Workers put themselves on the line
Respect for PLP is growing here. Two residents of Tupelo put up their houses as collateral so that Floyd Banks could be bailed out of jail. When the two marchers who had been wounded were treated in the hospital, they were warmly received and treated by white doctors and other hospital workers. After the march stopped to rally, hundreds of Black workers surrounded the marchers to protect them from the cops (who would have been only too glad to be trigger happy.)
This is the first time a racist has been beaten by an antiracist march in Tupelo. The leadership of the UL always guaranteed the safety of the KKK and the cops by holding back the anger and hatred of Black workers in the fight to liberate themselves from the racism they face every day. The bosses think that they can destroy this movement by getting its leaders, but little do they know that leaders always spring up in the midst of struggle, and that there are many, many people right here in Tupelo, and other cities North and South, who can develop working-class leaders in the fight against racism and fascism, and they are being trained by Progressive Labor Party.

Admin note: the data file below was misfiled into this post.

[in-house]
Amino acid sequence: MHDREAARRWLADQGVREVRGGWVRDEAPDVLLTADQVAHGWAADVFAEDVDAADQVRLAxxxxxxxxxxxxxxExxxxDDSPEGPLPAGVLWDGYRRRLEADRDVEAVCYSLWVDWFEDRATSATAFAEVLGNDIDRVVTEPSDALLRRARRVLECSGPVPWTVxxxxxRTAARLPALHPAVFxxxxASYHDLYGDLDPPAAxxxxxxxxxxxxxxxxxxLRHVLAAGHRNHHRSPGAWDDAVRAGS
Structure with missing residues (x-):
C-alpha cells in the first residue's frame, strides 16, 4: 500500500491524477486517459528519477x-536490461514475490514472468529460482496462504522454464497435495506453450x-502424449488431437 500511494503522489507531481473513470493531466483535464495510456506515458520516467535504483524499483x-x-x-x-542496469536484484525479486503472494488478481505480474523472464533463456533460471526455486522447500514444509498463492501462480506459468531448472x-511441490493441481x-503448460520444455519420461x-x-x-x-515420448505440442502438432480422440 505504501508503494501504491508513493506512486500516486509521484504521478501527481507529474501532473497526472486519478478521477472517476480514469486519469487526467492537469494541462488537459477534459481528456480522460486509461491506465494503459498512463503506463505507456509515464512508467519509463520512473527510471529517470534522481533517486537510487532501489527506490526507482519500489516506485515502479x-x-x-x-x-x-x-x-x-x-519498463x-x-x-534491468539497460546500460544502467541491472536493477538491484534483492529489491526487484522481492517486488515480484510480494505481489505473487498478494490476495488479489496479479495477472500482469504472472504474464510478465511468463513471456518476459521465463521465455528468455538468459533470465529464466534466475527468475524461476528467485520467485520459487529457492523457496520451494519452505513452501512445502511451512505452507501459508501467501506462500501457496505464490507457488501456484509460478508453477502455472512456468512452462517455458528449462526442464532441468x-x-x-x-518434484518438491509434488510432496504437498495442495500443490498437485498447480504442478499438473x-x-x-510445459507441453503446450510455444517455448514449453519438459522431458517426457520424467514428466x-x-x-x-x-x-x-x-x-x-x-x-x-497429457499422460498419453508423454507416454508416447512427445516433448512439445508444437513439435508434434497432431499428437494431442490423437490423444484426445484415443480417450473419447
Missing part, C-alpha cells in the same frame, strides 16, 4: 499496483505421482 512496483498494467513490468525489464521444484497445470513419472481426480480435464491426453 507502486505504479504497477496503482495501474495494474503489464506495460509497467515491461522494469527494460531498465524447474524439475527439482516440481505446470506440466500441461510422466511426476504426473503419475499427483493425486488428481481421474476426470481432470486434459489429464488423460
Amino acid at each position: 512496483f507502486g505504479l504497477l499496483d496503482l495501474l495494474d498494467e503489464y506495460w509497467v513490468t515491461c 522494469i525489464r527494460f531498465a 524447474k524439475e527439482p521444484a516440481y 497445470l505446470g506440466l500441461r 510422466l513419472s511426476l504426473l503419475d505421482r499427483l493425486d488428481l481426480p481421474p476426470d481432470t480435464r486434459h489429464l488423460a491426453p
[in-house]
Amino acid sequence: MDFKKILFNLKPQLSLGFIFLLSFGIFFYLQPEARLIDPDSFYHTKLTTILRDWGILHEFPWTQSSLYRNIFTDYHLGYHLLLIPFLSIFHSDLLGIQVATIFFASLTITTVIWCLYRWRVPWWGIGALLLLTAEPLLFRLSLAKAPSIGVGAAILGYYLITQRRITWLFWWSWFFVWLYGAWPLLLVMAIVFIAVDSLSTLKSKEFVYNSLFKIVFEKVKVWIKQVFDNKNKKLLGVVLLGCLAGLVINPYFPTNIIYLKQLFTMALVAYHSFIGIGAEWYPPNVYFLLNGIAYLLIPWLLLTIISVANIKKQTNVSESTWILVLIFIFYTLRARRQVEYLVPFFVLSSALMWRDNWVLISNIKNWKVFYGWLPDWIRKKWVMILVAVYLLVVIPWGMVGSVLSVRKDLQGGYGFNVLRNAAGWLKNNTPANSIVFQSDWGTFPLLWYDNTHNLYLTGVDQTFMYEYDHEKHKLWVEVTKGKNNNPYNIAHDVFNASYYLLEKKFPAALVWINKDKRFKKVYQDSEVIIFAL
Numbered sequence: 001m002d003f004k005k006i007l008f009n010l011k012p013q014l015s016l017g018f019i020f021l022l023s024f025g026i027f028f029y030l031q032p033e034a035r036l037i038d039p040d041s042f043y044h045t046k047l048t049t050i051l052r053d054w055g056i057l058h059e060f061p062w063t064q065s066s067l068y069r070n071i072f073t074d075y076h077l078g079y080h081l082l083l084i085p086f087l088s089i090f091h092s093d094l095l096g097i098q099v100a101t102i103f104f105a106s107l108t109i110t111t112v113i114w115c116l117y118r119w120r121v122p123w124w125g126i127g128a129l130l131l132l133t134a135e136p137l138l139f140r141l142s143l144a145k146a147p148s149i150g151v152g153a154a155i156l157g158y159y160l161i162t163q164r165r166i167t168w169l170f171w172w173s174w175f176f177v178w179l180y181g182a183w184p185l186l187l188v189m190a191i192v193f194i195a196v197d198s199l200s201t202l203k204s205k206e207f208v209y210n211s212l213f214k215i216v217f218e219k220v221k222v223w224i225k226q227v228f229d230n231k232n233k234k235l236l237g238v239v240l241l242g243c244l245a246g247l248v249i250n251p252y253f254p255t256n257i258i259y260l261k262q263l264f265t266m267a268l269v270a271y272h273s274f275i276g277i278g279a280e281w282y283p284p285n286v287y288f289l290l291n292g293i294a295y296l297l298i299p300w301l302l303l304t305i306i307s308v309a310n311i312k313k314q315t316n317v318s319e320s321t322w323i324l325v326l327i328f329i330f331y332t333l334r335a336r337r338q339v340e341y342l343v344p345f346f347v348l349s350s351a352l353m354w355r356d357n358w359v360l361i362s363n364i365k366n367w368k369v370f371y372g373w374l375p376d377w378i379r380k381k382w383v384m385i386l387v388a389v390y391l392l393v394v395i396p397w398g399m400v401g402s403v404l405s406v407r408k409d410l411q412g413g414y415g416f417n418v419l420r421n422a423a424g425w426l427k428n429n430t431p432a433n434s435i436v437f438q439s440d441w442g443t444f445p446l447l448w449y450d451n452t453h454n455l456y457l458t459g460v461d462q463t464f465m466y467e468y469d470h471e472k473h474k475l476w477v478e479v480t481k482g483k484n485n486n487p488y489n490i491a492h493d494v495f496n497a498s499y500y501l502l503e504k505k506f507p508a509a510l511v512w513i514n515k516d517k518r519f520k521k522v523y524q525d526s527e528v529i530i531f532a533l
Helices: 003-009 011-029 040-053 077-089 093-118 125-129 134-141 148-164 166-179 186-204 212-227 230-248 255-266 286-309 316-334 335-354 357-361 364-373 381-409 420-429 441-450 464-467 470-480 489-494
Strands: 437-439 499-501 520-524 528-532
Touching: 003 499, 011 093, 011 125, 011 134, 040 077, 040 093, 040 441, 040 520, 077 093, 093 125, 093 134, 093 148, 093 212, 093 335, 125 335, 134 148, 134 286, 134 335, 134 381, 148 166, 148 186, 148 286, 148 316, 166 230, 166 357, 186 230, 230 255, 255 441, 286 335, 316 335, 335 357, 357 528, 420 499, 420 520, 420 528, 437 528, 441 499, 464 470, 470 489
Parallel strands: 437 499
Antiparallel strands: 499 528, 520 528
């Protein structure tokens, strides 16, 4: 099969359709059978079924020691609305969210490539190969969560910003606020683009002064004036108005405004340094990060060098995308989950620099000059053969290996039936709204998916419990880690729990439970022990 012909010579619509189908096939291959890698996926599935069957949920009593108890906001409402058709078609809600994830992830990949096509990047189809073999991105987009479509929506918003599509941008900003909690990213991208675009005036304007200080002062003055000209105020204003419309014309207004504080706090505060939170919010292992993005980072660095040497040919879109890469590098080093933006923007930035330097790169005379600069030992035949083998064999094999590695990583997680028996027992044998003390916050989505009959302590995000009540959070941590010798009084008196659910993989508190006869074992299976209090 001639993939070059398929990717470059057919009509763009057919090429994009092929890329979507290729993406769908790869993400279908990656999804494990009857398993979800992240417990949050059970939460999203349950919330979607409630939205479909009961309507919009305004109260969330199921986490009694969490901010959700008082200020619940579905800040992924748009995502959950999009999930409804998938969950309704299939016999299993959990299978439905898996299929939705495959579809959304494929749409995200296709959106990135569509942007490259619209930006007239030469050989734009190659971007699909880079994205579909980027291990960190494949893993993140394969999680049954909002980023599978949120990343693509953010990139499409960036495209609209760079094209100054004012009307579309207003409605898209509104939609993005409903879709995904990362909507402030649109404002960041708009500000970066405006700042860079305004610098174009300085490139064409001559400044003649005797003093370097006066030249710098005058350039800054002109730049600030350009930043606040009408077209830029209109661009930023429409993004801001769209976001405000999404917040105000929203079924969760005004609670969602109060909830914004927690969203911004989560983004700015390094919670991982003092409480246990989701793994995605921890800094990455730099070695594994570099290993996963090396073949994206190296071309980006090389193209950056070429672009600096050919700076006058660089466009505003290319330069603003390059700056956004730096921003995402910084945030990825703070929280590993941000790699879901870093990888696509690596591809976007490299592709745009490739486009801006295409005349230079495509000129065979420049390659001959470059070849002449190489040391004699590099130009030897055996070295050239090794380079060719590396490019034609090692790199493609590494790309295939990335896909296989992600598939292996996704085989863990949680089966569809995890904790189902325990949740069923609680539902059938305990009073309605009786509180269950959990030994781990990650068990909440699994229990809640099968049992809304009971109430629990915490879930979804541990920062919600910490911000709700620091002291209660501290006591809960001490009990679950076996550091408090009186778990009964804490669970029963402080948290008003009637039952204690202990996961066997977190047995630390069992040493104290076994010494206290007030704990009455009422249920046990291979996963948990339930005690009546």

This was readily proven by the response not only of the marchers, in their determination to continue the march, not to be intimated by the cops’ harassment, but also by the tremendous support of the local people. Over 200 copies of InCAR Arrow and CHALLENGE were sold, 4 people joined InCAR on the spot. Another demonstration is being organized for August 4.